VALRICO - Cynthia Moynihan's life changed after being paired with LaRue II, her beloved hearing dog.
"It's been a completely liberating experience," Moynihan said. "She's given me my freedom and independence."
Now Moynihan is hoping the American public will help her repay LaRue.
The three-year-old black Labrador/golden retriever mix is a nominee for the American Humane Association's Hero Dog Awards. Created in 2010, the awards honor canines who assist military personnel or law enforcement officials in the line of fire, lend their sight or hearing to human companions, and provide other forms of therapeutic support.
Moynihan, 50, said her hearing loss was first diagnosed in third grade and got progressively worse. Eight years ago, Moynihan found she was completely deaf without the use of hearing aids.
In September 2011, Moynihan was matched with LaRue after completing a rigorous Canine Companion for Independence (CCI) training session. The non-profit organization was founded in 1975, providing well-trained assistance dogs and subsequent support to maintain strong partnerships. LaRue II is the second CCI dog to carry that name.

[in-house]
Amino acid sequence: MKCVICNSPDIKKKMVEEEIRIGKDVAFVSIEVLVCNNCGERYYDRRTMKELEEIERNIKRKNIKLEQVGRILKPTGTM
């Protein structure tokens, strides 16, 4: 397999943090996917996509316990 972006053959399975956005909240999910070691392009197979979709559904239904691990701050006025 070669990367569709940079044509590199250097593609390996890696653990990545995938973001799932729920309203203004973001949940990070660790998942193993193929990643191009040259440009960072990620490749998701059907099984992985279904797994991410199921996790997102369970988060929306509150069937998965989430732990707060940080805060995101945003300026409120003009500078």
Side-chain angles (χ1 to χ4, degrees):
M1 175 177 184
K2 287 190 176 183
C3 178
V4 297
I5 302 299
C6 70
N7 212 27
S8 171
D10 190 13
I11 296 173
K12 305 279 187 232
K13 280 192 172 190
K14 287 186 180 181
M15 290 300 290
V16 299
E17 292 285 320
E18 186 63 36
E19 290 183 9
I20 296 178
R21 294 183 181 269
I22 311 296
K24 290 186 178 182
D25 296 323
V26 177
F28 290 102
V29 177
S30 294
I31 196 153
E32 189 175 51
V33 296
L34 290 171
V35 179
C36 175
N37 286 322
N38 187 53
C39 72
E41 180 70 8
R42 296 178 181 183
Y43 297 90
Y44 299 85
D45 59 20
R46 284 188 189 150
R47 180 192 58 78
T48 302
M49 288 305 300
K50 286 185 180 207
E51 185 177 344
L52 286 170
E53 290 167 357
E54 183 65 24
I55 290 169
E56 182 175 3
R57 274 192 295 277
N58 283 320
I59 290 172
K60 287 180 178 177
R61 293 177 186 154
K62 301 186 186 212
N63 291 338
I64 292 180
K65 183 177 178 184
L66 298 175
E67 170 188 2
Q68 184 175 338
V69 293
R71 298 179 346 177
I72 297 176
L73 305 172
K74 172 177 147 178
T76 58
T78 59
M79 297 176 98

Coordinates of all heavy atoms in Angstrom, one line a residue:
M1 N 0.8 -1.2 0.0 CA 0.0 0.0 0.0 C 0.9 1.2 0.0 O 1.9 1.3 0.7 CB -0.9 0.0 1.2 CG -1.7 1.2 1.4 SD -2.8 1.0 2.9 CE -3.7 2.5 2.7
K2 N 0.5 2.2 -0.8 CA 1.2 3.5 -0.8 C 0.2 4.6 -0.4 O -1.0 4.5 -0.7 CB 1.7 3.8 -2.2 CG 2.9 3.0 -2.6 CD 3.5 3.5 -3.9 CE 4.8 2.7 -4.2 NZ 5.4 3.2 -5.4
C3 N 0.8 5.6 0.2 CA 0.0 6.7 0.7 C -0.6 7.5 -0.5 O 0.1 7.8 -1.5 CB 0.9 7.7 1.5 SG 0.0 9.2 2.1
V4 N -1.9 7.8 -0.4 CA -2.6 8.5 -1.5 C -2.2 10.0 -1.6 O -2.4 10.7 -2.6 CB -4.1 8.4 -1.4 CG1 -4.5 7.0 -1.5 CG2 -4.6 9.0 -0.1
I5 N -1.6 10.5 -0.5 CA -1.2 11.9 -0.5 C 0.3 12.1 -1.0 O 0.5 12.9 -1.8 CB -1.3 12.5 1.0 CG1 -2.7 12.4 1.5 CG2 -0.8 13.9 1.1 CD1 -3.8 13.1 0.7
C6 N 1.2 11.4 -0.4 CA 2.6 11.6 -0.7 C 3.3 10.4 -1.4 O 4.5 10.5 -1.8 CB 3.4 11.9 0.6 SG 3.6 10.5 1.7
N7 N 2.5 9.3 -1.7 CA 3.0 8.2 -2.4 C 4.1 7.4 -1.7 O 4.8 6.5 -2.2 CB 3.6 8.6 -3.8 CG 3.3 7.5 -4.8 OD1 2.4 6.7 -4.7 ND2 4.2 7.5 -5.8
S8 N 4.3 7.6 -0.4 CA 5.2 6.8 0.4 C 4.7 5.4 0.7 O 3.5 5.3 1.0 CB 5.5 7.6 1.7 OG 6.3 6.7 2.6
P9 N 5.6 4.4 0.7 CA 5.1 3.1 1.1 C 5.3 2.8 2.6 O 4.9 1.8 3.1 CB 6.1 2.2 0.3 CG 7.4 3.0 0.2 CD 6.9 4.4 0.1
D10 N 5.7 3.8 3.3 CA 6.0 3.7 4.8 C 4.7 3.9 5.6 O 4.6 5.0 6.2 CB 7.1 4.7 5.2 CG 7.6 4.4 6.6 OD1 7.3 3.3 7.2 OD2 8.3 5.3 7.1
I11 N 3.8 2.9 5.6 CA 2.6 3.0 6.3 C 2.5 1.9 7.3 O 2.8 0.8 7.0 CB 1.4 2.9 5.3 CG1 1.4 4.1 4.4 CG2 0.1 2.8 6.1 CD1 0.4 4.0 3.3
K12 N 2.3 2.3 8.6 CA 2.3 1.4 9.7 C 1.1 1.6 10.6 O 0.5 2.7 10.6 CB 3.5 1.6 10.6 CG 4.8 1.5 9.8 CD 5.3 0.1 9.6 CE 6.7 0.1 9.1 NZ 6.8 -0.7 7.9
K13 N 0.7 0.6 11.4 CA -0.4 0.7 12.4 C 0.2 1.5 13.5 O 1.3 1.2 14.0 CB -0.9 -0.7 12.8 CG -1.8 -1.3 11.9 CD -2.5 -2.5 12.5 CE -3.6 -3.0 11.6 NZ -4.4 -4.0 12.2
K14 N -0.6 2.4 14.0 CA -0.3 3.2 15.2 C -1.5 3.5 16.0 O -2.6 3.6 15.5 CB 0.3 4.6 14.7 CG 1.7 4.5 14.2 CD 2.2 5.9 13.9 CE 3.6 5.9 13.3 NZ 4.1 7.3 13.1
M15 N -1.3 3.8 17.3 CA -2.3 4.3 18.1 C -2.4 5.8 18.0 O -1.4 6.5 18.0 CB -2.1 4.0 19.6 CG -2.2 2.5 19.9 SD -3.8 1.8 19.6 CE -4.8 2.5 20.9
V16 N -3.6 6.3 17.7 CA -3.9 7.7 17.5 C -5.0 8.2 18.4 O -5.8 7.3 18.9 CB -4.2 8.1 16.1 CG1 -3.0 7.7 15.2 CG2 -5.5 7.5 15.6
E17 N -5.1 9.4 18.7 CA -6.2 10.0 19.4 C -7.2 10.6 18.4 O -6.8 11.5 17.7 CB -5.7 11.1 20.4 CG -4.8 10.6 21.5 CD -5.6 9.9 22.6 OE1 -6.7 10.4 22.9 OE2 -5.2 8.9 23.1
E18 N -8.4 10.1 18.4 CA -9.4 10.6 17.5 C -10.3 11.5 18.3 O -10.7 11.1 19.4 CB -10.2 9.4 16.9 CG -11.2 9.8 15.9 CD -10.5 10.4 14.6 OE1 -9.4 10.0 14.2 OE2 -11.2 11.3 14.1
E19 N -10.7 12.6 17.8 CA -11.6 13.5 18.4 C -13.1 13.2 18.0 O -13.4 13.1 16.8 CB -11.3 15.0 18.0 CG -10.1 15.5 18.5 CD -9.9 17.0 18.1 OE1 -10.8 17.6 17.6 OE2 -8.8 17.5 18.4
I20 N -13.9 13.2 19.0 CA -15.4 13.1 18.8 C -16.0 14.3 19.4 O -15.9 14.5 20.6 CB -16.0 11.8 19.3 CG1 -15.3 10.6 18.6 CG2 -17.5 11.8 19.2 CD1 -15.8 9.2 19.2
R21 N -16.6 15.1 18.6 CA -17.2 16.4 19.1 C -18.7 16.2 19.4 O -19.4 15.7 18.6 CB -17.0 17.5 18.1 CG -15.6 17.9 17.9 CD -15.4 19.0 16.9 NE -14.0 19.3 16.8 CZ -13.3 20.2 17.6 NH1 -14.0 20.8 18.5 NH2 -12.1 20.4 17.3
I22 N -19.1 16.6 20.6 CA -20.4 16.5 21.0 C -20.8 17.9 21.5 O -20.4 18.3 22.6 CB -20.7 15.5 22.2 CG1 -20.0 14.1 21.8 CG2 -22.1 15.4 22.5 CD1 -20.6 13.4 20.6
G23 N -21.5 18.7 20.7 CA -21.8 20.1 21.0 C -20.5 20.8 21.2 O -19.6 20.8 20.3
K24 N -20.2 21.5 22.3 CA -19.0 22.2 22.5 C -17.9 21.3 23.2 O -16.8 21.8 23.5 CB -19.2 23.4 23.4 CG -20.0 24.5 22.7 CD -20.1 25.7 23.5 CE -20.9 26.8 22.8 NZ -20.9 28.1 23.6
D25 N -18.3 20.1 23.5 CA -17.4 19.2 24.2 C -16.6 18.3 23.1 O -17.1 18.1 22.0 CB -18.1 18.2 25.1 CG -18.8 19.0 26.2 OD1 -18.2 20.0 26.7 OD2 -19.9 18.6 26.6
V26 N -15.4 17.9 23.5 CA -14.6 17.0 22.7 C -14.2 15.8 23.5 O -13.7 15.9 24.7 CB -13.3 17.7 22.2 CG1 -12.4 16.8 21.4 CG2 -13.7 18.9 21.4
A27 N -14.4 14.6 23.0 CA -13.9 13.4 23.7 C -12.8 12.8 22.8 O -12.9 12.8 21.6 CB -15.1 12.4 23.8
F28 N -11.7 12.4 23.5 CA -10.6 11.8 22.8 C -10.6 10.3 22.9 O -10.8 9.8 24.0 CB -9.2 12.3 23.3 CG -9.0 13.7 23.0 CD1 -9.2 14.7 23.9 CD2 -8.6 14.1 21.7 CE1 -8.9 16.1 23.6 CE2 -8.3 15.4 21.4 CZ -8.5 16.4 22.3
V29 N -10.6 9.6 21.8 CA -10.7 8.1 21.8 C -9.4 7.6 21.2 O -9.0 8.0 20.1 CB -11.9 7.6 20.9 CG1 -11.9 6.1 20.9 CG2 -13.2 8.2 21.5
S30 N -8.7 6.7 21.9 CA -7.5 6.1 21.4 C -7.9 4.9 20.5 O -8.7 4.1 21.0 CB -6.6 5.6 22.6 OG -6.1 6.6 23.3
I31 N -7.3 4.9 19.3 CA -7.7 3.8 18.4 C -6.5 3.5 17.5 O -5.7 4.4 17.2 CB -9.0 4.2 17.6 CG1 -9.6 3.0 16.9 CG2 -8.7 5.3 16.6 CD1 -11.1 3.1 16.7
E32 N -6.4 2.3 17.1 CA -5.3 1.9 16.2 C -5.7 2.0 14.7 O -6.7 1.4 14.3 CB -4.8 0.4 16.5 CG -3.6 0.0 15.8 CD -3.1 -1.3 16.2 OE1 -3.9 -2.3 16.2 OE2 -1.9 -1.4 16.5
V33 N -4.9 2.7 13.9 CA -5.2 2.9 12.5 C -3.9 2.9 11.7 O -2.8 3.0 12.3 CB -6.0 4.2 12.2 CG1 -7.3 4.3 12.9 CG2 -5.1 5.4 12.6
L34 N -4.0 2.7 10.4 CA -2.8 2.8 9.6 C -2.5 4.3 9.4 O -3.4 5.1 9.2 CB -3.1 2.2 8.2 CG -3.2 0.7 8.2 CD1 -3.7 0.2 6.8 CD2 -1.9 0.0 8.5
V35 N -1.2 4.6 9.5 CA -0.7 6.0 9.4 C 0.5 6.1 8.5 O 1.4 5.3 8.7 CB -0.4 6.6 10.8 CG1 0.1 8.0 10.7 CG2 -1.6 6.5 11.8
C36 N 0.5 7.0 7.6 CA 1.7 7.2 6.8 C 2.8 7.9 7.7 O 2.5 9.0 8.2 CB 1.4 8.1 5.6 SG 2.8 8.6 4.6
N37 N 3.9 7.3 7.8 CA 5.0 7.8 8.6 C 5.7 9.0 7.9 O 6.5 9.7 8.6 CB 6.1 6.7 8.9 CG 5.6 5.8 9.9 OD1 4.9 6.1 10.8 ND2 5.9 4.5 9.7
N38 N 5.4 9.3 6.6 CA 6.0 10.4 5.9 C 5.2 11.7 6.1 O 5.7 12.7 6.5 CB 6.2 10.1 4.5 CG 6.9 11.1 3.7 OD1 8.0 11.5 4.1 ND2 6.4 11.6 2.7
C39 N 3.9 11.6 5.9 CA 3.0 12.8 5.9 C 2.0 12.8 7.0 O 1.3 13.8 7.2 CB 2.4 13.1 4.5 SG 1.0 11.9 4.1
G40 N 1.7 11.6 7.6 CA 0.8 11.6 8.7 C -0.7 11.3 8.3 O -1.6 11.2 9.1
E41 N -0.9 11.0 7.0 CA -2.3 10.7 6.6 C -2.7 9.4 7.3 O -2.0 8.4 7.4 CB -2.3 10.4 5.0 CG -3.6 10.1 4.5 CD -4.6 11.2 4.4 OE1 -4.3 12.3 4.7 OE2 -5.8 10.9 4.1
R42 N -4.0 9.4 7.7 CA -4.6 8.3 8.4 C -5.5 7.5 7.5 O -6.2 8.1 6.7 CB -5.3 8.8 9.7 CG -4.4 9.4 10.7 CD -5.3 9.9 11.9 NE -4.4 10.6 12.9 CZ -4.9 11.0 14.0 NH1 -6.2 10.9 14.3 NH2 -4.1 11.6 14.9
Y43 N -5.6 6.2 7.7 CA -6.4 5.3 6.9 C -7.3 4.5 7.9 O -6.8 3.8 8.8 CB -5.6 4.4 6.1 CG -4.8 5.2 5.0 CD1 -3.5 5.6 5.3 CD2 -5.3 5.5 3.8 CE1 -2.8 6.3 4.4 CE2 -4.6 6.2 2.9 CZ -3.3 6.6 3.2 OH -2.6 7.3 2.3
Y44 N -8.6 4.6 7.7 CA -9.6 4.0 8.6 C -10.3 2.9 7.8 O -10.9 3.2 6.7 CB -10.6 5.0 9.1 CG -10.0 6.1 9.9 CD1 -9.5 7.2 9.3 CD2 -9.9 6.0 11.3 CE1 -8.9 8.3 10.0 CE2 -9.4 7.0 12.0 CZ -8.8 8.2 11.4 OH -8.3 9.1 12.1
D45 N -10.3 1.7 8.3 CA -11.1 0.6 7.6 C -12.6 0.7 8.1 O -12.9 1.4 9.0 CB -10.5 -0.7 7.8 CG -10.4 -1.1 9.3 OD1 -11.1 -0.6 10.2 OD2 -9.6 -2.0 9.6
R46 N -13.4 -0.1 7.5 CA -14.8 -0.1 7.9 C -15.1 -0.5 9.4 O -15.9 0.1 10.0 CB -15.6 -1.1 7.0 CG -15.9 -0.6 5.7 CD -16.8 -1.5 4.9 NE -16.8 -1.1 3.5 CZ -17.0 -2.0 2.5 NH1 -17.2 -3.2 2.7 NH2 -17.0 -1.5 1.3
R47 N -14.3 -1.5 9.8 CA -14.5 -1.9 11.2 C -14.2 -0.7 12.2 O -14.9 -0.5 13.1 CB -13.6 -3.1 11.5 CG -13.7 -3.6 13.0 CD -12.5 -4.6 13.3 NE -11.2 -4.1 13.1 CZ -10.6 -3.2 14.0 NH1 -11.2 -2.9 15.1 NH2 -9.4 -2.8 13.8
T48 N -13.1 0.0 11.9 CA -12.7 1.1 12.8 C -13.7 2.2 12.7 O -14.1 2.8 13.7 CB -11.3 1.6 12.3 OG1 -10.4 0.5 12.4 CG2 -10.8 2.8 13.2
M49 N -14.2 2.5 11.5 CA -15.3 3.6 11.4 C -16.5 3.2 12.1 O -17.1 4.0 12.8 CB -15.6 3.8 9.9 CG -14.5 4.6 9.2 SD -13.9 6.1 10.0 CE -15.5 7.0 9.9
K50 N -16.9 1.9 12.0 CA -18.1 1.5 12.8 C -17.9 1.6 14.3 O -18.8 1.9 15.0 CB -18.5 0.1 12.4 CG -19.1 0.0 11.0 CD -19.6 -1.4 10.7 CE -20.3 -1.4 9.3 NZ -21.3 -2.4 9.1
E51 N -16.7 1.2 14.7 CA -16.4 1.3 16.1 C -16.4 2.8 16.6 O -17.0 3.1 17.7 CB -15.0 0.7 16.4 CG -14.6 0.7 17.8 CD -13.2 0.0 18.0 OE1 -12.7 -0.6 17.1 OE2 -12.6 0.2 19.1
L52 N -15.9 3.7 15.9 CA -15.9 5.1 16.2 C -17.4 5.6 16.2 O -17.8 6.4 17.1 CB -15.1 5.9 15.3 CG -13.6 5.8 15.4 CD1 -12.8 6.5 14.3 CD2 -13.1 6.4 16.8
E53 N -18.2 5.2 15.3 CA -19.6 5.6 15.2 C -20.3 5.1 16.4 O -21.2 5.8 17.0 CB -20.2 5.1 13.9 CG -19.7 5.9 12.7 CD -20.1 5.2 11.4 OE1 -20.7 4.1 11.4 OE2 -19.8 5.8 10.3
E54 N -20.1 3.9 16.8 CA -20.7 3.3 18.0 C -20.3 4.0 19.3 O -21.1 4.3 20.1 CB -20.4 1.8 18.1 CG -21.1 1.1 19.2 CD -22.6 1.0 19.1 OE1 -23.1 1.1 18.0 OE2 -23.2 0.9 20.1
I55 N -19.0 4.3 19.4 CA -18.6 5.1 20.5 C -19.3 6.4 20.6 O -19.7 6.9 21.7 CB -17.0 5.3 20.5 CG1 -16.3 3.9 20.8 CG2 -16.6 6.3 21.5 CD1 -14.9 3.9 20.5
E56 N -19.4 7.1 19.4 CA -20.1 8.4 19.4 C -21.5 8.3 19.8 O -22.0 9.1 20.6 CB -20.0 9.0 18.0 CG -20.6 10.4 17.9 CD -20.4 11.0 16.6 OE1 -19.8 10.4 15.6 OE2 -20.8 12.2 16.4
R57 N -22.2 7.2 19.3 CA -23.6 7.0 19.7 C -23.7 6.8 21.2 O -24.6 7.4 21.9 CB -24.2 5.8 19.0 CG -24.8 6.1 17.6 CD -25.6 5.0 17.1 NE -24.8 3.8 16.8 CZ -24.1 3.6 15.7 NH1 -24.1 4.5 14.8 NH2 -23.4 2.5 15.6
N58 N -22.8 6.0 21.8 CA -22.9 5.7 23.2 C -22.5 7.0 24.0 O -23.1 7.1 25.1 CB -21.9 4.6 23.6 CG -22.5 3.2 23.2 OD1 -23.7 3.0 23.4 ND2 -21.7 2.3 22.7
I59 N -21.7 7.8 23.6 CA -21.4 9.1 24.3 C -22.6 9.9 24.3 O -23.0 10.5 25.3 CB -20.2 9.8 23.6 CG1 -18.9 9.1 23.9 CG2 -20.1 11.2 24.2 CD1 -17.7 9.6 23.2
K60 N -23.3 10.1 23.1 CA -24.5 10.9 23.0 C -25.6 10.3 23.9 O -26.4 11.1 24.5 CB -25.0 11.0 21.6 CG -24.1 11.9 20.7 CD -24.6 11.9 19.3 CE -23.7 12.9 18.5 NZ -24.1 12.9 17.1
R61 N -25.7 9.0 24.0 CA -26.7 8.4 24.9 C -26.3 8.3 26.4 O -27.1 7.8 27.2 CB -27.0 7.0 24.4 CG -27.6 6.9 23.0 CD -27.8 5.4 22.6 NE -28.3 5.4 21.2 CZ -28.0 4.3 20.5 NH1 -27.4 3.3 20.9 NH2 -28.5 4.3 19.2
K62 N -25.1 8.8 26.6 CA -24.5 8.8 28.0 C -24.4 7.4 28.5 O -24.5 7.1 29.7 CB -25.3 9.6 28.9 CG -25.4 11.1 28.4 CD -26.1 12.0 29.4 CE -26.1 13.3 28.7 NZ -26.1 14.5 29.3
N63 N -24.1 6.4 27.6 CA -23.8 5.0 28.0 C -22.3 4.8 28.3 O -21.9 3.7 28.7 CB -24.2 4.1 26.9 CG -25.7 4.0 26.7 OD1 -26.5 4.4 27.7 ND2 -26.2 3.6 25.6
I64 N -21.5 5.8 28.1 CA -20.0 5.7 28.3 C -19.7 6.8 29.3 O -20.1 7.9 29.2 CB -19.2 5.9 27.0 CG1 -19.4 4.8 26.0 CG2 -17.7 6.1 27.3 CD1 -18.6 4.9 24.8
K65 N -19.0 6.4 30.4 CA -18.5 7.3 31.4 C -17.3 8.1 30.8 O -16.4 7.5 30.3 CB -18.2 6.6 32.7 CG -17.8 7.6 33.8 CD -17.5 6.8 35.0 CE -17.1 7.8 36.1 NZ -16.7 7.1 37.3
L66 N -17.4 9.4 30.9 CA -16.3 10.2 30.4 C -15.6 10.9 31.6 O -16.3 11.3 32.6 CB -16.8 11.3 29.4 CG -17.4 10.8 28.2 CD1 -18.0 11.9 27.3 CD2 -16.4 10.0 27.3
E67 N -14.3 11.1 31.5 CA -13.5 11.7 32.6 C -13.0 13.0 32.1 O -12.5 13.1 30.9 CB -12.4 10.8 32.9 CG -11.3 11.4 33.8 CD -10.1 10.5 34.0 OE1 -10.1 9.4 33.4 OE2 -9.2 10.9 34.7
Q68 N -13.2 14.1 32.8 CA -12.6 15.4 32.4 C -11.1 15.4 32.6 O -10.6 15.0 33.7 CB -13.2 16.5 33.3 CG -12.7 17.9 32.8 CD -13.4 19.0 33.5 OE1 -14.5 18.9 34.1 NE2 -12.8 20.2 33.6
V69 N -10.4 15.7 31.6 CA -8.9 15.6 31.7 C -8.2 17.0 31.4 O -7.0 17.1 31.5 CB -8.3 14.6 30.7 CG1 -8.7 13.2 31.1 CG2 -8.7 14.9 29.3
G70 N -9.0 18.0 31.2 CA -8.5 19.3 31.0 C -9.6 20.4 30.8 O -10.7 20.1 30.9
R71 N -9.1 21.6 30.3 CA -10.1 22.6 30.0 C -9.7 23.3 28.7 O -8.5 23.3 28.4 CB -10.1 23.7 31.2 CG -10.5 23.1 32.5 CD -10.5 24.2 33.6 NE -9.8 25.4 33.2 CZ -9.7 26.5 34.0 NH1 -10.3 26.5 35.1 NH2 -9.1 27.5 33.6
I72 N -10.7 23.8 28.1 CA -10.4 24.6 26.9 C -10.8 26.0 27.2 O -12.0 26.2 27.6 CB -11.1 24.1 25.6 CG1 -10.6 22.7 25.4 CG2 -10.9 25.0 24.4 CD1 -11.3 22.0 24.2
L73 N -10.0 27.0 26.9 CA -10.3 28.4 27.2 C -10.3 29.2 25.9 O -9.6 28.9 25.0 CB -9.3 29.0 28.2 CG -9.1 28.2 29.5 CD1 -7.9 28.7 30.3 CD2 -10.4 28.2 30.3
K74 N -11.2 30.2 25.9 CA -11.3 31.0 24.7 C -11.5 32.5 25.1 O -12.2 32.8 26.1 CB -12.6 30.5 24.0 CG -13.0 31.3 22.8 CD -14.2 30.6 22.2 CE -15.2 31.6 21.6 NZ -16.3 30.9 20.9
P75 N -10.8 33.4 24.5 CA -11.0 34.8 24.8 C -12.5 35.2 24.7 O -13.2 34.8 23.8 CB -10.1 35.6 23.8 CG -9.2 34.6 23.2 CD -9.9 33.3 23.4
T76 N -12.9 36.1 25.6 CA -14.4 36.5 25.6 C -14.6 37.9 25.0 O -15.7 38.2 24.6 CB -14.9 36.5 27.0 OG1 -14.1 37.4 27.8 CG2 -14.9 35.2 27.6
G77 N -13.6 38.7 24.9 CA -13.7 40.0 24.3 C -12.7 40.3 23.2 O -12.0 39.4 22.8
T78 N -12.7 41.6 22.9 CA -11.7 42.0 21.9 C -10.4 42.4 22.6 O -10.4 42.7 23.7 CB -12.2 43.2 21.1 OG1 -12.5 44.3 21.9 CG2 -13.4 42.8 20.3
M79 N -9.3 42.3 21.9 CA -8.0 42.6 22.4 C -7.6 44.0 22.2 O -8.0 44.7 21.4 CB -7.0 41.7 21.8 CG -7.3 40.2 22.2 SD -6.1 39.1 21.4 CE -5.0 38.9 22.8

"LaRue is a true hero to Cynthia," said Martha Johnson, public relations coordinator for the southeast region of CCI. "She helps alert her to key sounds and allows her to lead a more independent life."
Moynihan lists various ways LaRue has improved and enriched her life.
"First off, I can sleep at night," said Moynihan, a Valrico resident. "I have two sons and I used to sleep outside their door in case something happened.
"Some people don't even realize I have hearing loss, so she's helped make them more attentive; they see her and make sure to look at me when they speak," she continued. "My boys are also getting older, and now that I have LaRue there's more of a comfort level when they go off on their own."
LaRue is among 140 dogs competing in eight categories - emerging hero, guide, hearing, law enforcement and arson, military, search and rescue, service, and therapy - but is only one of three canines in the hearing category. Finalists in each category will be selected through public voting, which is currently underway and will continue until July 30.
The eight finalists will have a chance to walk a star-studded red carpet during the Oct. 5 ceremony in Los Angeles. Each finalist will receive a Hero Dog Award and $1,500 for a selected charity partner, while a prize for America's Top Hero Dog - selected by the public and a blue-ribbon celebrity panel - comes with an additional $5,000 for charity.
Moynihan, a hearing loss education advocate, loves LaRue, but hopes fewer and fewer people require her services.
"Our slogan is, 'Protect your ears so you can hear,'" Moynihan said. "I don't want anyone to need a dog like LaRue."
For information on the Hero Dog Awards and to cast a vote, visit www.herodogawards.org